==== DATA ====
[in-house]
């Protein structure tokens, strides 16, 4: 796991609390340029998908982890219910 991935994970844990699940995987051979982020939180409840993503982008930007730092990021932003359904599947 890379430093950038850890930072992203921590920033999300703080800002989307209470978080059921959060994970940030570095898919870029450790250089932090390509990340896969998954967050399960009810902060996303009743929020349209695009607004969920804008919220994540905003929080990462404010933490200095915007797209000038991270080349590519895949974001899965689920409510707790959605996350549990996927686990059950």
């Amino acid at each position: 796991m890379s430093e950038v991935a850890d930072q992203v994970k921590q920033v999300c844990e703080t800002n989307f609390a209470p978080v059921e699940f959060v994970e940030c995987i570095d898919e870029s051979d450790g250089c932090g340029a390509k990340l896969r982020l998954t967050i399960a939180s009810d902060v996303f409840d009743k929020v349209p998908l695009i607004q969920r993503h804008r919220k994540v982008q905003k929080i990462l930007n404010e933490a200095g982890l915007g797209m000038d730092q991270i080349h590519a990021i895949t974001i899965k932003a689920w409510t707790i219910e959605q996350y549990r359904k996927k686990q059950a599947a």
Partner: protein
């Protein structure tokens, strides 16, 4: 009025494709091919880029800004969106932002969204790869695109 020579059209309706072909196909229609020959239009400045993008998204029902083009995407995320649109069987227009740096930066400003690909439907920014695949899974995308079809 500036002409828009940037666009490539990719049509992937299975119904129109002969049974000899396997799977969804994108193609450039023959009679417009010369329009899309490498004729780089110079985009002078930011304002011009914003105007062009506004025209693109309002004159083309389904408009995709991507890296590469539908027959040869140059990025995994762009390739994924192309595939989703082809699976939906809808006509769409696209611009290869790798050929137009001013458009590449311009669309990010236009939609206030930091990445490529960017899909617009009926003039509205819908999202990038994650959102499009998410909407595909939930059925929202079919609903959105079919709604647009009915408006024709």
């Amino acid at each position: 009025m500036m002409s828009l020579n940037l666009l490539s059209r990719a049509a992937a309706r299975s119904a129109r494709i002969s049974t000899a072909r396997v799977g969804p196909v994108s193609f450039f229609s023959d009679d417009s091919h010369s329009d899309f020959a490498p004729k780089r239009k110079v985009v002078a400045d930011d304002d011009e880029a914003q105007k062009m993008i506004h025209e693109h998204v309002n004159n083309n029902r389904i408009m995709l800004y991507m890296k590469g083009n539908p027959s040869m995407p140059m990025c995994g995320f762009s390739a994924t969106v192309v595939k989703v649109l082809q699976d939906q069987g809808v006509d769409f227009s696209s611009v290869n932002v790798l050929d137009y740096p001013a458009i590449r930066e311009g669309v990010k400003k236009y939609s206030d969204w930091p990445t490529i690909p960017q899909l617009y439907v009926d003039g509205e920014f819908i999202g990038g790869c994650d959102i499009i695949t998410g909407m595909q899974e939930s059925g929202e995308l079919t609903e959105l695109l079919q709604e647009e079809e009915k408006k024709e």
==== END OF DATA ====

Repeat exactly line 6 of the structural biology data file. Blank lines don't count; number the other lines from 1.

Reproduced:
């Amino acid at each position: 009025m500036m002409s828009l020579n940037l666009l490539s059209r990719a049509a992937a309706r299975s119904a129109r494709i002969s049974t000899a072909r396997v799977g969804p196909v994108s193609f450039f229609s023959d009679d417009s091919h010369s329009d899309f020959a490498p004729k780089r239009k110079v985009v002078a400045d930011d304002d011009e880029a914003q105007k062009m993008i506004h025209e693109h998204v309002n004159n083309n029902r389904i408009m995709l800004y991507m890296k590469g083009n539908p027959s040869m995407p140059m990025c995994g995320f762009s390739a994924t969106v192309v595939k989703v649109l082809q699976d939906q069987g809808v006509d769409f227009s696209s611009v290869n932002v790798l050929d137009y740096p001013a458009i590449r930066e311009g669309v990010k400003k236009y939609s206030d969204w930091p990445t490529i690909p960017q899909l617009y439907v009926d003039g509205e920014f819908i999202g990038g790869c994650d959102i499009i695949t998410g909407m595909q899974e939930s059925g929202e995308l079919t609903e959105l695109l079919q709604e647009e079809e009915k408006k024709e």